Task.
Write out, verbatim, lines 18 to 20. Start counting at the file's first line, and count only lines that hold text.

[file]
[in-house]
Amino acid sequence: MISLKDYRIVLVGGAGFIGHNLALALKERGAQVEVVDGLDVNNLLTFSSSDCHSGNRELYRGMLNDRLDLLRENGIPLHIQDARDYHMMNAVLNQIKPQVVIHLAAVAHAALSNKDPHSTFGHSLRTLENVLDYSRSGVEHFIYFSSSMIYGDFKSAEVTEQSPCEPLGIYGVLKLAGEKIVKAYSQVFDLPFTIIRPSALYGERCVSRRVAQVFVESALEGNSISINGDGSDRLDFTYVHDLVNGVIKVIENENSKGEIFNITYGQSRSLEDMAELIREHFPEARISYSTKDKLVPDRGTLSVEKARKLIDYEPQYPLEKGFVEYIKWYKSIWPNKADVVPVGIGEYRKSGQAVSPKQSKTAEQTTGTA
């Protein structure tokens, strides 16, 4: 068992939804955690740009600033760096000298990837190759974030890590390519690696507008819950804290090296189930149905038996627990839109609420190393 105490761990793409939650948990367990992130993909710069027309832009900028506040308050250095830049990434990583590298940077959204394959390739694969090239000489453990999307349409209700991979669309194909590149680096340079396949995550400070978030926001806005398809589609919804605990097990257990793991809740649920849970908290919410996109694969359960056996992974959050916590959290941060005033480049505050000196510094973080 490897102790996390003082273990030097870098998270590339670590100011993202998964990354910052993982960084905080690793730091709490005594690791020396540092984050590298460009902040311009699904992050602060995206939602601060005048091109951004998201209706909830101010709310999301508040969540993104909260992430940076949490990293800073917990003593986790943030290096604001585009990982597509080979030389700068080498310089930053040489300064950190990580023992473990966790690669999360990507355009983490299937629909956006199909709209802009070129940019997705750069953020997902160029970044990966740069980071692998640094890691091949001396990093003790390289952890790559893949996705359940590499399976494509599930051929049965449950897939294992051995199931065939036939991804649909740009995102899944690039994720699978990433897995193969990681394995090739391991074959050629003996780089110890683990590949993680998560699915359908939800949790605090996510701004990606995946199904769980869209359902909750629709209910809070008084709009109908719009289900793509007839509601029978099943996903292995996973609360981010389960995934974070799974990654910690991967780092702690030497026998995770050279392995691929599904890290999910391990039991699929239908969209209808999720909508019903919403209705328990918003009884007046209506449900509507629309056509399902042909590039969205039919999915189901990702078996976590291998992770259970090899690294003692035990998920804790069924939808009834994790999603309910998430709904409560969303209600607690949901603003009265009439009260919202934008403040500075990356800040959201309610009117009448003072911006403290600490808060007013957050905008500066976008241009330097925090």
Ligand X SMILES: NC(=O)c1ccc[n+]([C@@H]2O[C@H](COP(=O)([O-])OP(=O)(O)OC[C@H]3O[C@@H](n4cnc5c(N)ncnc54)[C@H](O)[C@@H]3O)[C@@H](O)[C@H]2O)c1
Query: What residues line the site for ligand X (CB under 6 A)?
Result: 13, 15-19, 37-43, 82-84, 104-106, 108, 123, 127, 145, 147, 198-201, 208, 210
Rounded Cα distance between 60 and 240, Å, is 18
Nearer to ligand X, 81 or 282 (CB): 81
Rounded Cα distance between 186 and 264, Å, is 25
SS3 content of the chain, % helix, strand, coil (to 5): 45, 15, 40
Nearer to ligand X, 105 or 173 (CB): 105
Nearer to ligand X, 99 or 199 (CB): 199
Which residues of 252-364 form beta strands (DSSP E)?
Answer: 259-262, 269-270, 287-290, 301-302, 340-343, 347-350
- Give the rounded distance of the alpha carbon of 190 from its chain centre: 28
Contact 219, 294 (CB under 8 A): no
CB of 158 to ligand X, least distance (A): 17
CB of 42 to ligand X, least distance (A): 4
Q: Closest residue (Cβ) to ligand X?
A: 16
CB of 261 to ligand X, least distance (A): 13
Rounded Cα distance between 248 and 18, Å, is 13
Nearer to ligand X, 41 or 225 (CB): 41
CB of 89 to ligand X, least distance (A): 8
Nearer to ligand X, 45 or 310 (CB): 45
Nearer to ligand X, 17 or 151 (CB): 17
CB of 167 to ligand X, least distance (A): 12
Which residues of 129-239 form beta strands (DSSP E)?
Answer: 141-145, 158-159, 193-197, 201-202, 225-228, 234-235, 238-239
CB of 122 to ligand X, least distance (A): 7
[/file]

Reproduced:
CB of 42 to ligand X, least distance (A): 4
Q: Closest residue (Cβ) to ligand X?
A: 16